i keep this as my 'coffee' whisky,.. it's relatively inexpensive, ..but has it's own unique beautiful taste,..not as complex as the others ..(that are really good as well!) , my favourite is glenfidich 15, (my 'tea' whisky ..that i go to even more often haha!) ..that i drink because it's ..drinkable,..but penderyn is just fantastic .! non chill filtered gives that slightly 'oily' feel on the palette , it's powerful, ..got that 'speyside' characteristic to it..(ok ok! ..i know it's welsh!) and of the few bottles i've had, they do vary slightly, but wow! i really recommend it, because it's so unique and tasty, and more ish.. i recommend sniffing it for a couple of minutes first, whilst warming it in your hand, DON'T add any water, ..and then ( after eating a desert of strawberries and clotted cream, or baked apple and cream,.. sitting down next to the wood burner, with some django music and chillin' the night away ..wonderful stuff, ..i have it in rotation with a few other whisky's ..but keep skipping to this one (the cheapest!) ..so just as i'm about to order the penderyn legend,(for the first time!) i thought i'd get my tuppence worth ,..because i feel passionate about it,..cos it's that good.
please note, ..2 of the other reviews that were 1 star were moaning about the packaging not the actual whisky .. i'm guessing it's around 7 to 9 yrs,which is half the amount of time as glenfidich 15, but it's worth it because it really is that good. ;0P enjoy.
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on 8 August 2017
Really not a great whisky for me. i love a sherry or bourbon cask whisky but this is just way too sweet.

also much weaker than most standard single malts

sorry guys
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on 5 December 2015
Beautiful. A lovely blend. Will definitely be buying more of this.
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TOP 50 REVIEWERon 13 February 2018
AS a Scotsman (whose daughter is marrying a Welshman) I hate to admit that this is a class act not dissimilar to some of the smoothest softer malts. Not too peaty and extremely enjoyable. Totally recommended to any novice whisky drinker on the look out for something not too main-stream.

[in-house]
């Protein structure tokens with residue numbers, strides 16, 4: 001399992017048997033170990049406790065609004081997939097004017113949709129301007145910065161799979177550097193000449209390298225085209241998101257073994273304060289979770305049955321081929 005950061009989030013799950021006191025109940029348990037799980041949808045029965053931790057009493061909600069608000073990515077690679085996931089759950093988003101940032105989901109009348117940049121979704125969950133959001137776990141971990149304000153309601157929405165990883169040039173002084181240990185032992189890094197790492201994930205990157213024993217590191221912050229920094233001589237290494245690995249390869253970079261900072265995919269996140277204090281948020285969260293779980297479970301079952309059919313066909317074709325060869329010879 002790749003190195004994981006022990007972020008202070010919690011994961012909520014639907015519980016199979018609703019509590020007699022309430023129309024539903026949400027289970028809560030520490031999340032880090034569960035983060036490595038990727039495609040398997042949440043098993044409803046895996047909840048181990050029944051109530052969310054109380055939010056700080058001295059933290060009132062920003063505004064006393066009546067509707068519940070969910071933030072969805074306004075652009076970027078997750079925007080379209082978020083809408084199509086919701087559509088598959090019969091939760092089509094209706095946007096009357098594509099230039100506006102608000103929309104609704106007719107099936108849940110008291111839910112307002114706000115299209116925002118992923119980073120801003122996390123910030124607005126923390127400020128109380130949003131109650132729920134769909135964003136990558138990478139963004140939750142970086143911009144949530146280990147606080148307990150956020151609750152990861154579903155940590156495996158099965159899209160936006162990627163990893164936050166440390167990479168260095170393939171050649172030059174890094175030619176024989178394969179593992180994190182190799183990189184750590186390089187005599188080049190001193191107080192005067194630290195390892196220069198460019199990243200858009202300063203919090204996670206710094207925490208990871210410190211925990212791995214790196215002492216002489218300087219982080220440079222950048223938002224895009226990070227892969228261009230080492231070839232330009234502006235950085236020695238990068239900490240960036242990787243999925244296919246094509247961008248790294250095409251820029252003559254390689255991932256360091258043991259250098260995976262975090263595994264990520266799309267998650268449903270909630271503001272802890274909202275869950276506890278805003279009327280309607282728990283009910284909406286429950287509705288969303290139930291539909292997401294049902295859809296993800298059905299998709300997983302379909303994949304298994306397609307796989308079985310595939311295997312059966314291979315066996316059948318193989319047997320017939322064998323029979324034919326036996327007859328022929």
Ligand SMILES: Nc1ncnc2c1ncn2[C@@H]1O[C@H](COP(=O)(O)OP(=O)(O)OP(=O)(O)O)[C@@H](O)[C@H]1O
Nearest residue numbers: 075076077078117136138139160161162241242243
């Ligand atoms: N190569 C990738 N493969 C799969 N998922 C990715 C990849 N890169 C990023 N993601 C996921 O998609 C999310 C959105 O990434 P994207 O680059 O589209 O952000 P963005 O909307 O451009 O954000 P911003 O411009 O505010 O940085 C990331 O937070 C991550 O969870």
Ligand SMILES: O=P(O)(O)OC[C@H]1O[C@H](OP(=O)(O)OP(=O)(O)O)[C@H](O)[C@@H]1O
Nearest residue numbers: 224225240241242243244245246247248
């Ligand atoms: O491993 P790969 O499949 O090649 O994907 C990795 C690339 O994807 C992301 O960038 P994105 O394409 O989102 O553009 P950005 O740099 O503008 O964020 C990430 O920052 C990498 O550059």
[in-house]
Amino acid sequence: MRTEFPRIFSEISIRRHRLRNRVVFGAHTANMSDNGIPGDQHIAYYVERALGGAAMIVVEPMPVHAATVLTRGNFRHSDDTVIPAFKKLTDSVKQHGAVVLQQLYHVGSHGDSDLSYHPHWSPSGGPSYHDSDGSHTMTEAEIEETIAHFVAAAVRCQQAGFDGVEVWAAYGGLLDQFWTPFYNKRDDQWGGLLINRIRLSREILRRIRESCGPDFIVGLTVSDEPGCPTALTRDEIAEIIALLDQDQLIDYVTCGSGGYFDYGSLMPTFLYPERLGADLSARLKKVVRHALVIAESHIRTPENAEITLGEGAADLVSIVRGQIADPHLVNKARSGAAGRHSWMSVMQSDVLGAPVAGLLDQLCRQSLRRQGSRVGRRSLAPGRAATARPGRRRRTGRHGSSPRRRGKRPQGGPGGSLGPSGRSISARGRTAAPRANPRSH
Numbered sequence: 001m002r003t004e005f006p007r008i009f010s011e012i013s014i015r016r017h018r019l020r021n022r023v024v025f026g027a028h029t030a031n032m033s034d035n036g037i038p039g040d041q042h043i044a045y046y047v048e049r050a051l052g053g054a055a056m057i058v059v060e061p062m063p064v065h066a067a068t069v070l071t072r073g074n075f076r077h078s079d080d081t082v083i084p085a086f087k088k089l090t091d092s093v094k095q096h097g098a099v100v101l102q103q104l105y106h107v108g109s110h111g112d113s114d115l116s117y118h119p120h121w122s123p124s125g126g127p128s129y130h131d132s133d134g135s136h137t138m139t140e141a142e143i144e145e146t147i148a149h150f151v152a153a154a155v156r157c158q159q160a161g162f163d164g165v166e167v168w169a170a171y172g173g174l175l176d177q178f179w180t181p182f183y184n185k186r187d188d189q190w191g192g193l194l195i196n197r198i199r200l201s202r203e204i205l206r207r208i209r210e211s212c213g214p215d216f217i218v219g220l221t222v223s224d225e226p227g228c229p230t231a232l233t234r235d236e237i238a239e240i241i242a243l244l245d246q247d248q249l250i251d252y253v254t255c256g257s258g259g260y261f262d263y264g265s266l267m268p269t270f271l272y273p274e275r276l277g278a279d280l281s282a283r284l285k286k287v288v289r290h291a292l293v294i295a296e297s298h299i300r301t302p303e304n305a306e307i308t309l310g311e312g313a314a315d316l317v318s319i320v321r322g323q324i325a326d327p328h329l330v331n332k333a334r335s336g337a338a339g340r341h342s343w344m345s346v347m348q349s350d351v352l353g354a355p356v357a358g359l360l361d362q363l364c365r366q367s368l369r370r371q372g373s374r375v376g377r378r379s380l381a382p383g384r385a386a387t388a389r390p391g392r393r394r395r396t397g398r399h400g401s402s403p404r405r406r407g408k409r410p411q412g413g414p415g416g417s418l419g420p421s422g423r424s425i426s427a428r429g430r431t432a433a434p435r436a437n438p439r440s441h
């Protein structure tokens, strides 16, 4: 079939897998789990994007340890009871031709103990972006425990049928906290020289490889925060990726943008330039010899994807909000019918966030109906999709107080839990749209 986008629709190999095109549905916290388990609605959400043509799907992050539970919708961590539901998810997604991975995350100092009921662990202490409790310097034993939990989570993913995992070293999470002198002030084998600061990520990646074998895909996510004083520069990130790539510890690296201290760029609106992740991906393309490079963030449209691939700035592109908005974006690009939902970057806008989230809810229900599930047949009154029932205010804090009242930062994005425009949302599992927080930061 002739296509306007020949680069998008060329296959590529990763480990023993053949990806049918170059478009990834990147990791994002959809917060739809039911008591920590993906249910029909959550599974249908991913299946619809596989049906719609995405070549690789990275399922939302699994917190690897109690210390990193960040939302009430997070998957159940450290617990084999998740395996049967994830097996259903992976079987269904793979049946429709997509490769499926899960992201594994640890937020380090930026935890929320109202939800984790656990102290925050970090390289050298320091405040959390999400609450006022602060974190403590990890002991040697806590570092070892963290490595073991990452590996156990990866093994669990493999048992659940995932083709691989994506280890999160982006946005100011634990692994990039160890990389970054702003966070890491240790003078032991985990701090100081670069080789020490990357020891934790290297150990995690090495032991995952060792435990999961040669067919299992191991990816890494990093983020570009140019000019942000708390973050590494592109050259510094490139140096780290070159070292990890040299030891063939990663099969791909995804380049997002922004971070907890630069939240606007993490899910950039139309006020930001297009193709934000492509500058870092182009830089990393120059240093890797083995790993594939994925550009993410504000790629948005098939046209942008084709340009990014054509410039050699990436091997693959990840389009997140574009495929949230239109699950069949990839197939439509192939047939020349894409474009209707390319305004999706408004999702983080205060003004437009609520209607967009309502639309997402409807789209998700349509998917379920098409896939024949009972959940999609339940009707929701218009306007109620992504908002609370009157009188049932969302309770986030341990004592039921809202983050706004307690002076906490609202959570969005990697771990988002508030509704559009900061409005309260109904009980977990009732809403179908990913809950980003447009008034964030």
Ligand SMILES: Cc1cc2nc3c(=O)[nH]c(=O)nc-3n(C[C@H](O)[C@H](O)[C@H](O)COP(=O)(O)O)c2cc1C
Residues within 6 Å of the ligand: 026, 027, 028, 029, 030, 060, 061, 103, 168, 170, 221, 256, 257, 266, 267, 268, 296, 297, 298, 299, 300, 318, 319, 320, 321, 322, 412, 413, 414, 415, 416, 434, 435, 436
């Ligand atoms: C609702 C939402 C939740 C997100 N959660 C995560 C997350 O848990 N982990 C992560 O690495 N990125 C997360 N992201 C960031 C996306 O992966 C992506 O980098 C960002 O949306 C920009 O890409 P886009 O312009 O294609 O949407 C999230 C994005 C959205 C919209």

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on 5 January 2018
This is an excellent lovely tasting smooth single malt whisky from Wales. I used to think the only whisky worth drinking was single malt from Scotland but this proves the Penderyn distillery can more than match them. I'll certainly be keeping a bottle of this in my collection and look forward to trying some of their other whiskies.
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on 8 December 2014
OK but disappointing for a gold medal winner. Initially smooth and icy. Made me think of a rushing mountain stream. Aftertaste peppery. Holds its strength and taste when served with ice. Which may explain why it got an international award, American serve whisky with ice. I'll stick to Speyside whiskey.
This is my opinion so please don't message me if you disagree. My reply to you will be rude.Post your own views instead.
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on 26 July 2017
Really like it. This isn't a welshman trying to make a scotch. This is a whisky with it's own distinct and different character. Reminded me of a Japanese whisky I had once, but with more flavour. Loads of sweetness, some savoury in there- I'm pleased I tried it, and glad to pick it up for less than 30 quid. Much above 30 quid, though, I think I'd be looking instead to my more staple highland and Islay malts.